reported that he was shot in the
head while driving an automobile
north on Twenty-fourth street. Ran
nie declares three different groups
of negroes fired at him and his com
panions in the automobile.
The Tours Club of Members of the
Gross Travel Bureau, want representa
tive in every town and City in the United
States, a Clean. Honorable position, and
(rood money to the right persons. Refer
ence required An opportunity for Free
1 ravel.
600 Hohman St., Hammond, Indiana.
feed Crown Service
The man at the Red Crown Service
Station is there to serve you to serve
you quickly, intelligently, courteously.
This service coupled with the recognized
high quality of Red Crown products ex-
plains why an increasing number of motor- -
ists stop only at Red Crown Filling
Stations. Located handily, they are
equipped to fill your every motoring need.
Look for the Red Crown Sign. There
you get the ; clean-burning, quick-fire
power-full motor fuel Red Crown Gas
oline Used with Polarine, the correct
lubricant for every car, your motoring
comfort is assured.
Stop at the Red Crown Sign.
18th and Cass
18th and Cuming
18th and Howard
12th and Jackson
29th and Harney
39th and Farnam
20th and Ames
45th and Grant
50th and Dodge
24th and I South Side
24th and O South Side
30th and Tucker-
sriweaw en, tasaauri
I ,1
Riot Fear Subsides and All
Hasten to Resume
Negro employes throughout the
city were nearly all back at their
regular jobs yesterday. A great
many of them refused to go to work
Monday and remained at home all
day because of the riot feeling
which they thought made it dan
gerous for them to appear on the
Hundreds of them remained at
home Monday at the request of the
Association for the Advancement of
Colored People, which sent out re
quests by telephone and special
The cooks and waiters at the
Chamber of Commerce were among
those asked not to go to work Mon
day. The Chamber of Comerce
employs the largest number of col
ored cooks and waiters in the city.
They called up Assistant Commis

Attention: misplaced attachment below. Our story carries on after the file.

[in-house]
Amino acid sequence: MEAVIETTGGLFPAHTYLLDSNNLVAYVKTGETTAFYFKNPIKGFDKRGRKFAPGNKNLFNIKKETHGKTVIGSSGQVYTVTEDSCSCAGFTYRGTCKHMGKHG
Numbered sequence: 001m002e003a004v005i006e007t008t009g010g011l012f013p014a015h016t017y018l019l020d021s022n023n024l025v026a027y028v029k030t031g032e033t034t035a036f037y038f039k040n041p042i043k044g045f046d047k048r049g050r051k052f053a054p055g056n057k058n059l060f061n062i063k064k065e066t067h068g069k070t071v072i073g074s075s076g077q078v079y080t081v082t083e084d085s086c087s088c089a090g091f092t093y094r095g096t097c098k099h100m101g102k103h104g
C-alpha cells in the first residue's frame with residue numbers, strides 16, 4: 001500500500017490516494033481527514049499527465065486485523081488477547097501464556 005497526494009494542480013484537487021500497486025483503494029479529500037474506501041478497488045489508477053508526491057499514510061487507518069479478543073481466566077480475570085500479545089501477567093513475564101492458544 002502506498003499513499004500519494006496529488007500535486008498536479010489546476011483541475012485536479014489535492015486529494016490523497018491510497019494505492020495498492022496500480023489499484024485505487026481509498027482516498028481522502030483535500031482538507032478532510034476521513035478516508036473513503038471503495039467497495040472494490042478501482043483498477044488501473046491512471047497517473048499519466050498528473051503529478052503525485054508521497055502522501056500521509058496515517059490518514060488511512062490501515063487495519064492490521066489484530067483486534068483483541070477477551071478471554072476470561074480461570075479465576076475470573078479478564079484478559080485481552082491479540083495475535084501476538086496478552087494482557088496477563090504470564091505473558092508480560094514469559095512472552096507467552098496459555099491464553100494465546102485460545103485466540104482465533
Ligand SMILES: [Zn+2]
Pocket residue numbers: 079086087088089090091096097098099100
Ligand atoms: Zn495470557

sioner Ellis in the morning and told
him ihey had been asked to remain
at home. He acquiesced and no
luncheon was served at the cham
ber Monday. Yesterday the entire
force was at work as usual.
The colored employes at the Ath
letic club and Omaha club were
fiven sleeping space at those clubs
unday night and were on duty as
usual Monday.
At the packing houses scores of
colored employes were absent from
work Monday, but yesterday nearly
all were back at work.
Large Number of
Negroes Leave City,
Report Officials
E. L. McDowell, manager of the
ticket office at the Burlington sta
tion, estimates that approximately
2,000 negroes have left Omaha since
Sunday night.
Toll collectors report that all
night Sunday a constant stream
flowed' across the Douglas street
bridge in Iowa. What has become
of them is mostly a matter of con
jecture, as very few have returned.
Ticket sellers in both the Burling
ton and Union stations report ne
groes in bunches as high as 15 or
20 buvinor tickets for Kansas Citv
and St. Joseph, and some for St. I
louis ana otner points souin.
Fine Mute Bookmaker.
Southhampton. Both deaf and
dumb, Thomas Derham and his wife
were each fined $25 for receiving
betting slips in public.
Homecoming Dinner
For Masons Here Who
Served With Colors
Capitol lodge, No. 3, A. F. & A.
M., had a home-coming dinner in